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9 Amazing Religious Sites In Rome For Everyone To See

There is no shortage of religious sites in Rome, which is obvious considering its history, but if you aren’t sure where to begin, this should be your guide.

religious sites in Rome

The staggering number of religious sites in Rome is deeply rooted in its historical and cultural evolution. The city served as the epicenter of the ancient Roman Empire, where the collection and acceptance of diverse belief systems was a hallmark. With the advent of Christianity, Rome emerged as a focal point for the burgeoning faith, hosting religiously significant events in its early history.

The layers of religious history, from ancient pagan temples in the Roman Forum to Renaissance masterpieces, create an amazing mosaic of faiths that continues to draw visitors and pilgrims alike. Rome’s religious sites are not just architectural marvels but living monuments to the city’s enduring spiritual legacy.

What Is The Most Religious Site In Rome?

I would find it hard to believe that anyone would disagree with me that the more religious site in Rome is Vatican City. It is the seat of the Catholic Church and Vatican City, which is an independent country within the city of Rome, is central to Catholics around the world.

9 Amazing Religious Sites In Rome

My list of 9 of my favorite religious sites in Rome is just that, my opinion. They aren’t all religiously significant, like the Vatican, but some are and others are places I visited that I found interesting and unique to my experiences. Also, while I have no doubt there are sites in Rome that are significant to other faiths, like the Great Synagogue of Rome’s Jewish Quarter, which I found historically important, my tastes in architecture and history are a little bit different. When you visit Rome, consider adding these religious sites to your list of sites to visit.

The Vatican And St. Peter’s Basilica

The Vatican And St. Peter’s Basilica are the smallest independent and sovereign country and the largest church in the world that you need to see. The Vatican City State is an ecclesiastical monarchy ruled by the Pope, who is the bishop of Rome and head of the Catholic Church. The beauty and importance can not be overstated, which is why it is first on my list.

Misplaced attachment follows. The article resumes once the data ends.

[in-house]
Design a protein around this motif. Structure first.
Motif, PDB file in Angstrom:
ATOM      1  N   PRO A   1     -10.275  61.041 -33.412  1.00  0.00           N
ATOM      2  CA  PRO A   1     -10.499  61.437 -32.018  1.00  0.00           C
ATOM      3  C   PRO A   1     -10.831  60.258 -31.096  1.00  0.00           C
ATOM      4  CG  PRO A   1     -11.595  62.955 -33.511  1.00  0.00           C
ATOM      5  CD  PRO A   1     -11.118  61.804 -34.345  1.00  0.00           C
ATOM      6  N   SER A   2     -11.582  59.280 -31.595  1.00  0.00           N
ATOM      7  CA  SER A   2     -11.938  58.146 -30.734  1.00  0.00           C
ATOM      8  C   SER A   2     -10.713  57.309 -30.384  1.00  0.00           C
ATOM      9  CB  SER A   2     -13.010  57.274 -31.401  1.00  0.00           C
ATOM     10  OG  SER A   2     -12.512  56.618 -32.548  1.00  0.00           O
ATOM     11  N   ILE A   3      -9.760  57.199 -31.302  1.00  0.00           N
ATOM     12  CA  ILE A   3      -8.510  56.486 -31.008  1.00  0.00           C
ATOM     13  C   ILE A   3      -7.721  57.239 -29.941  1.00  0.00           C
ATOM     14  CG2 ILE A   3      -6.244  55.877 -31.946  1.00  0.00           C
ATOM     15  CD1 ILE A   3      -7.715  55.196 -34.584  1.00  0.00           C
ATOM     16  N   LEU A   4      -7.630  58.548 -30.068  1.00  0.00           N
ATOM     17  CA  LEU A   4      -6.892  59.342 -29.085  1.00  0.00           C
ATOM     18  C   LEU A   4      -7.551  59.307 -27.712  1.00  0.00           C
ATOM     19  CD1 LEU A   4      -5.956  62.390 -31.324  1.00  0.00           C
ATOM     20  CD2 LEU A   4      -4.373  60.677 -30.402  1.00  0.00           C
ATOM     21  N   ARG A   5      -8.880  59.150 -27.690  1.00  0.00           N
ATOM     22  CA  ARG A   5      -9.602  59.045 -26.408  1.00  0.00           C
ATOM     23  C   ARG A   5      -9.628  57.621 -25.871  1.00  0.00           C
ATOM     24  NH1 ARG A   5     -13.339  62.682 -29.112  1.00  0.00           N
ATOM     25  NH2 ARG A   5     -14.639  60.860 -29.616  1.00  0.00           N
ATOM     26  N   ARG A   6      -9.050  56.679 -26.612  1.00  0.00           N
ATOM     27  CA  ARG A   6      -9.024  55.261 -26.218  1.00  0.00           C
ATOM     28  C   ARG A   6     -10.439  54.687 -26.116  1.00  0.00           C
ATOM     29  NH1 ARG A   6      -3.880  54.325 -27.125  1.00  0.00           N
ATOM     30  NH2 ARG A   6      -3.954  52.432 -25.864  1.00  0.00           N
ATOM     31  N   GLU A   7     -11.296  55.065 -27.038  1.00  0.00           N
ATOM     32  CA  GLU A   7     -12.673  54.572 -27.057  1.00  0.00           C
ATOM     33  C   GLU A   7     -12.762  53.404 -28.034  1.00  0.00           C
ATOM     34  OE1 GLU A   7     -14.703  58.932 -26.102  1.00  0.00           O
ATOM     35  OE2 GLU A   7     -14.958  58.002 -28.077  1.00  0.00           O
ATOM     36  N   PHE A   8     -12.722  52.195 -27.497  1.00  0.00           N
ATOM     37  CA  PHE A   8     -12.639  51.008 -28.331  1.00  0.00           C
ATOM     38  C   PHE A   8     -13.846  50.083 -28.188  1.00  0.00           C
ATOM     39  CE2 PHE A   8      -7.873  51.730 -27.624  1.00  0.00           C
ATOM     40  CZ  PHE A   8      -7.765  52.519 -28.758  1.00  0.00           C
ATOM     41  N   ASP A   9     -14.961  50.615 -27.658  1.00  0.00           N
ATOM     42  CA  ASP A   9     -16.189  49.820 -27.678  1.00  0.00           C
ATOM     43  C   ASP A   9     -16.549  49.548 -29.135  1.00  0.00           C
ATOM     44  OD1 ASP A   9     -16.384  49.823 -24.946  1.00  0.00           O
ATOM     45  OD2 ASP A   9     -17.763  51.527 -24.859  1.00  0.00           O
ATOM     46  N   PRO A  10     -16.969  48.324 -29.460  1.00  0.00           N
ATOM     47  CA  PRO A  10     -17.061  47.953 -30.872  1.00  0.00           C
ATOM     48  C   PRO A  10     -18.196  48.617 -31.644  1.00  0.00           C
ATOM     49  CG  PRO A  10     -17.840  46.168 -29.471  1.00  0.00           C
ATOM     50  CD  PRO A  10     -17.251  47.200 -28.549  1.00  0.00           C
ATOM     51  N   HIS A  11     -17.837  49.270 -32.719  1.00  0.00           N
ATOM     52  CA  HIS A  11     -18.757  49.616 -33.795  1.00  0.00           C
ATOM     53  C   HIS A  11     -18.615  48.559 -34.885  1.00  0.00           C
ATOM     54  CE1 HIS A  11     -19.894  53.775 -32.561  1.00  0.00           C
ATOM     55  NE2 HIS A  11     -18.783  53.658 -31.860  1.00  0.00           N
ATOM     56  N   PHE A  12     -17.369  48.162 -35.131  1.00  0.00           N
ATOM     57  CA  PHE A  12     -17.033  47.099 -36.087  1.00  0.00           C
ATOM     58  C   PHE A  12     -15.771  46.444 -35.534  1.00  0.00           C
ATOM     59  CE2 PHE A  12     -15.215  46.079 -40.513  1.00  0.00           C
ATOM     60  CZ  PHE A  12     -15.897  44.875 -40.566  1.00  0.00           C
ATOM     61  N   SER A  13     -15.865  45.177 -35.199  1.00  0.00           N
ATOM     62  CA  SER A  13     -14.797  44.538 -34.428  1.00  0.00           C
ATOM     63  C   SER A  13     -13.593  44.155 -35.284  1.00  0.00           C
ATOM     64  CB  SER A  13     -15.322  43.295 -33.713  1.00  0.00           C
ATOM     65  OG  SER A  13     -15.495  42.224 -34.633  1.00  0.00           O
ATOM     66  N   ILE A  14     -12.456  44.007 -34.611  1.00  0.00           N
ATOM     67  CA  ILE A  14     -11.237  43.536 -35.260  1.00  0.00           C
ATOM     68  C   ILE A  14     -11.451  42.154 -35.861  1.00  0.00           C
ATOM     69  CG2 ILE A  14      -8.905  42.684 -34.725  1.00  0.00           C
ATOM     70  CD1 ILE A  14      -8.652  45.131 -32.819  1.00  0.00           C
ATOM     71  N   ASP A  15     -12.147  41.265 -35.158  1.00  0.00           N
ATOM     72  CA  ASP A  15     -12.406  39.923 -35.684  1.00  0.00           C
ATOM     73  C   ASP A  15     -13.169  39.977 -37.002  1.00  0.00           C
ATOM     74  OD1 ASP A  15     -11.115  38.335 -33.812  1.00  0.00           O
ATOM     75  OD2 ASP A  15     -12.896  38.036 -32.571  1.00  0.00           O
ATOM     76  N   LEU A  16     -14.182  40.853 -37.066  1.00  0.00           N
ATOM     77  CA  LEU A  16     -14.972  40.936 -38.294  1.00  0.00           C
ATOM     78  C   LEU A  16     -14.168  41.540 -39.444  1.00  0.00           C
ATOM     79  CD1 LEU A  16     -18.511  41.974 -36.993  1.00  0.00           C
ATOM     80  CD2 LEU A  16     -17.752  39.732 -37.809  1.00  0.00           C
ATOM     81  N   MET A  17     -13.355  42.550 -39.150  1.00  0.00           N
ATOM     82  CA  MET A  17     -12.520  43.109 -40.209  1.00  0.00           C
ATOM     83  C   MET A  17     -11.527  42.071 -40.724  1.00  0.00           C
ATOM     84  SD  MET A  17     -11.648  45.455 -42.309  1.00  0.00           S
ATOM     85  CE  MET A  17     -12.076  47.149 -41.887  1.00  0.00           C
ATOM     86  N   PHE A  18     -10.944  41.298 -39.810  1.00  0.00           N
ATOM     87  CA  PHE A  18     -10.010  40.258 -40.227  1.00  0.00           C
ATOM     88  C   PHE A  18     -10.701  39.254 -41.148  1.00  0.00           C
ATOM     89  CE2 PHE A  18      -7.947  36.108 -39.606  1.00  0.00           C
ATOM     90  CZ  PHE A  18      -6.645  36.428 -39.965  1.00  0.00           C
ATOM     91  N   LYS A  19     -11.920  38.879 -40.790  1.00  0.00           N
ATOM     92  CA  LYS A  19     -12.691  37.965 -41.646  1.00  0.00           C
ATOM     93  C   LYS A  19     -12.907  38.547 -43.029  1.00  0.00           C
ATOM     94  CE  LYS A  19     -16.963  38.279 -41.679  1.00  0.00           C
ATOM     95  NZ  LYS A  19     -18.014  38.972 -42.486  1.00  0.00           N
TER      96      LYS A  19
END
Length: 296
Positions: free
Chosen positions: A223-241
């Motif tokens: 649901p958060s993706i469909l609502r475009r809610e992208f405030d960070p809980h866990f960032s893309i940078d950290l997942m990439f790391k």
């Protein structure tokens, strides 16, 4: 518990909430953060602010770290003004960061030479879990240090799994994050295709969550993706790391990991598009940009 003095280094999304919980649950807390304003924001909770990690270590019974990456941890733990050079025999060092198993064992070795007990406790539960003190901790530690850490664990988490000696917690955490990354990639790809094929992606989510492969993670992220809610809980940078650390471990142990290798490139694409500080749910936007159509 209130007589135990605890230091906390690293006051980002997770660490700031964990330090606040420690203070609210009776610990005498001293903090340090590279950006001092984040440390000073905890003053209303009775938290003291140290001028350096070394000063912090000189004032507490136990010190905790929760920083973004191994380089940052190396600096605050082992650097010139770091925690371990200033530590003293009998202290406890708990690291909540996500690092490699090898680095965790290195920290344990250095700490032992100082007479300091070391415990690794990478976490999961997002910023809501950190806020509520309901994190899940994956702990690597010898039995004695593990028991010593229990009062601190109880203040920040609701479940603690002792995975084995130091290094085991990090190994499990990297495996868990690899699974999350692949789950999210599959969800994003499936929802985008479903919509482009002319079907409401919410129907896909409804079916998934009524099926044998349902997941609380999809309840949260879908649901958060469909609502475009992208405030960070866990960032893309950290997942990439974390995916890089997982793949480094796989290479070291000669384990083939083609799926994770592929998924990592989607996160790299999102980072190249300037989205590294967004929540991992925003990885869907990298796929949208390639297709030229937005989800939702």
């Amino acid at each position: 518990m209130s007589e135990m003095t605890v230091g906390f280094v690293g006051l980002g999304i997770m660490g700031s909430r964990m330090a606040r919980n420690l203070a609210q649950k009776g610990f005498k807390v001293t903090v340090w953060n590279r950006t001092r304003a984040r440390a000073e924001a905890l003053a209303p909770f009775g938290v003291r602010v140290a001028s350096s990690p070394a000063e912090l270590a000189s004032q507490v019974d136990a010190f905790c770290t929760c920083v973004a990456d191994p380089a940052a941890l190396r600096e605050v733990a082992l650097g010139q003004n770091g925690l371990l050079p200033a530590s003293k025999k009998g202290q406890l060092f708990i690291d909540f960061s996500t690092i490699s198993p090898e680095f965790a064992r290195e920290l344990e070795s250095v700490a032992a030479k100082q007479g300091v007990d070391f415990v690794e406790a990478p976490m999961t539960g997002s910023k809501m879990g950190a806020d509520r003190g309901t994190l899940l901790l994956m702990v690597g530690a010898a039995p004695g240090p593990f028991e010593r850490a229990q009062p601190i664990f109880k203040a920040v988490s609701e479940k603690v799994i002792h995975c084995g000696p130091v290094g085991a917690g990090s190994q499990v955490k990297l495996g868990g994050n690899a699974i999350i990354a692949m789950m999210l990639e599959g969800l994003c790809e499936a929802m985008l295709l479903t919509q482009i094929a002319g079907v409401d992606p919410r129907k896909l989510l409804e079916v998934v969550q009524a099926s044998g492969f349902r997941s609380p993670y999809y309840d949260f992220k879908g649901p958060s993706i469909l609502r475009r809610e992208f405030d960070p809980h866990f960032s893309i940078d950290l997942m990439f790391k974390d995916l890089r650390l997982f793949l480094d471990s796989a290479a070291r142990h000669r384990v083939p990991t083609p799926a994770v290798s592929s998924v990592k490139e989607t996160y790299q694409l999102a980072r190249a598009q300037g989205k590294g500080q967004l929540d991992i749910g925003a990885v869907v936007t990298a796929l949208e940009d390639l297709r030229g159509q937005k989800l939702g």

religious sites in Rome - St. Peter's Basilica

St. Peter’s Basilica

In addition, St. Peter’s Basilica is one of the 7 Pilgrim Churches of Rome and I would say it is the most important. The tradition of visiting all seven churches was started back in the 16th century in order to combine conviviality and the sharing of a common religious experience through the discovery of the history of the early Saints. Other pilgrim churches are on the list as well.

The Basilica of St. John Lateran

The Basilica of Saint John in Lateran, which is part of the Diocese of Rome, serves as the seat of the bishop of Rome, also known as The Pope. The San Giovanni church is outside of Vatican City, however, as properties of the Vatican, the church and its offices have a unique status from Italy, pursuant to the terms of the Lateran Treaty of 1929. It is also one of the 7 Pilgrim Churches of Rome.

In addition to the beauty and being the home of the Bishop of Rome (a.k.a. The Pope), this 1700 year old church also provides more current value to the community as the home of the annual Workers’ Day (or May Day or Labor Day) concert and celebration held on its front lawn every year. The concert is organized by the Italian trade unions, so it is also used as a platform to promote workers’ rights.

The Basilica of St. Lawrence Outside The Walls

The Basilica of Saint Lawrence Outside The Walls is one of Rome’s minor papal basilicas, as well as being one of the 7 Pilgrim Churches of Rome. It is next to one of Rome’s largest and historic Verano Cemetery (Cimitero del Verano) and is a shrine to its namesake, San Lorenzo. 

religious sites in Rome - st. lawrence

St. Lawrence Basilica